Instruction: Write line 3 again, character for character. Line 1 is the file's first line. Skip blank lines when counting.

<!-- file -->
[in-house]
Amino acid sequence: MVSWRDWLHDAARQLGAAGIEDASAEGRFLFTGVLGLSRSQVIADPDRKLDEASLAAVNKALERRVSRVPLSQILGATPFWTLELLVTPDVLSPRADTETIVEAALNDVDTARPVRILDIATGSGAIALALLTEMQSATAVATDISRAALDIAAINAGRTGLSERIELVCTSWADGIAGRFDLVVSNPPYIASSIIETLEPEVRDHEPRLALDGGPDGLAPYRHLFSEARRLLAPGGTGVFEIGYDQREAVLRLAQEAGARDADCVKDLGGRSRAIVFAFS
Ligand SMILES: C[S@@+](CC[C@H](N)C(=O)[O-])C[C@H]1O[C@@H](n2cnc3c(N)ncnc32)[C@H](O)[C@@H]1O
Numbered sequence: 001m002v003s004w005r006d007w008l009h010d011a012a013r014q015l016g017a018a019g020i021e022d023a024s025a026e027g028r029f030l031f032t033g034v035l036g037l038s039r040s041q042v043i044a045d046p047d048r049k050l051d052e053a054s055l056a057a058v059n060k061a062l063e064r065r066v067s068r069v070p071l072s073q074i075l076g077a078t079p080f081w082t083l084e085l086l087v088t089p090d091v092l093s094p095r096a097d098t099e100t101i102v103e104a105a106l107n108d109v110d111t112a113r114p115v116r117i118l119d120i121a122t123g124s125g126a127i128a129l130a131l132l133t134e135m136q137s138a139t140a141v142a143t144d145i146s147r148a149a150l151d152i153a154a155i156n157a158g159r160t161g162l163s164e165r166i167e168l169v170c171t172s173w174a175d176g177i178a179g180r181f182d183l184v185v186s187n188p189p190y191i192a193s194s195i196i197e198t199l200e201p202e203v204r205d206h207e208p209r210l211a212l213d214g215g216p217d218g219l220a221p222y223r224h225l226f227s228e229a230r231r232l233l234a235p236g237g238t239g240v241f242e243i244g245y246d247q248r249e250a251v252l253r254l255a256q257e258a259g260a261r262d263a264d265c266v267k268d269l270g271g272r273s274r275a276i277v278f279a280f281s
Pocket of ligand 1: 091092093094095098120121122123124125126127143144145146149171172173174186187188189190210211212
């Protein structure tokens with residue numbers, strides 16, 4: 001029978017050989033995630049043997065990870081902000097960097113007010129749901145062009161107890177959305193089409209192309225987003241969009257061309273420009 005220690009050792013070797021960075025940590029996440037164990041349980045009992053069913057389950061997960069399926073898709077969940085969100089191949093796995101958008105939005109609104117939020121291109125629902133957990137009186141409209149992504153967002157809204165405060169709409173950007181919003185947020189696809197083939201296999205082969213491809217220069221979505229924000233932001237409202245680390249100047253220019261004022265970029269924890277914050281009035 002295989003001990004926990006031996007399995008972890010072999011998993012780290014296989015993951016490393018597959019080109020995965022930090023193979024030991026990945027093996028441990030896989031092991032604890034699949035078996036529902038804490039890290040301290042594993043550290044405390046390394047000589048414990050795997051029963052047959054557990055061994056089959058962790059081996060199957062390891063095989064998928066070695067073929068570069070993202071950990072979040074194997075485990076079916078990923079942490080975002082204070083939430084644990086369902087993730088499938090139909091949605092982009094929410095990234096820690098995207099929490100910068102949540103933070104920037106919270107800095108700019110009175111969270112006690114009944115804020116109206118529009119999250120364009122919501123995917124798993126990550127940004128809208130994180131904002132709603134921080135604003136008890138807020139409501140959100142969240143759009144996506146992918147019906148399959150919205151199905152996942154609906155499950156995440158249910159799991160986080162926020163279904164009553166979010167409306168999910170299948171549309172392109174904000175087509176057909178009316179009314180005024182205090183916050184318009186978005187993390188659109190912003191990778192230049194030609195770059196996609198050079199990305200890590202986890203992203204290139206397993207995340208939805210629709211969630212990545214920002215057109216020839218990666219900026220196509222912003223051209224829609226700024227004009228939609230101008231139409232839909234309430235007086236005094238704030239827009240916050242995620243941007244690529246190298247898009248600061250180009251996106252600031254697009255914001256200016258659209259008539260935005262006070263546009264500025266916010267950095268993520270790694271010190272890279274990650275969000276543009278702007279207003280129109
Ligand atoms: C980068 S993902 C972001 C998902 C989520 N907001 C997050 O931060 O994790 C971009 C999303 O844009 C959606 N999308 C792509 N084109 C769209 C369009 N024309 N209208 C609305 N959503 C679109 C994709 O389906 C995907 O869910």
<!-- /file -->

Ligand SMILES: C[S@@+](CC[C@H](N)C(=O)[O-])C[C@H]1O[C@@H](n2cnc3c(N)ncnc32)[C@H](O)[C@@H]1O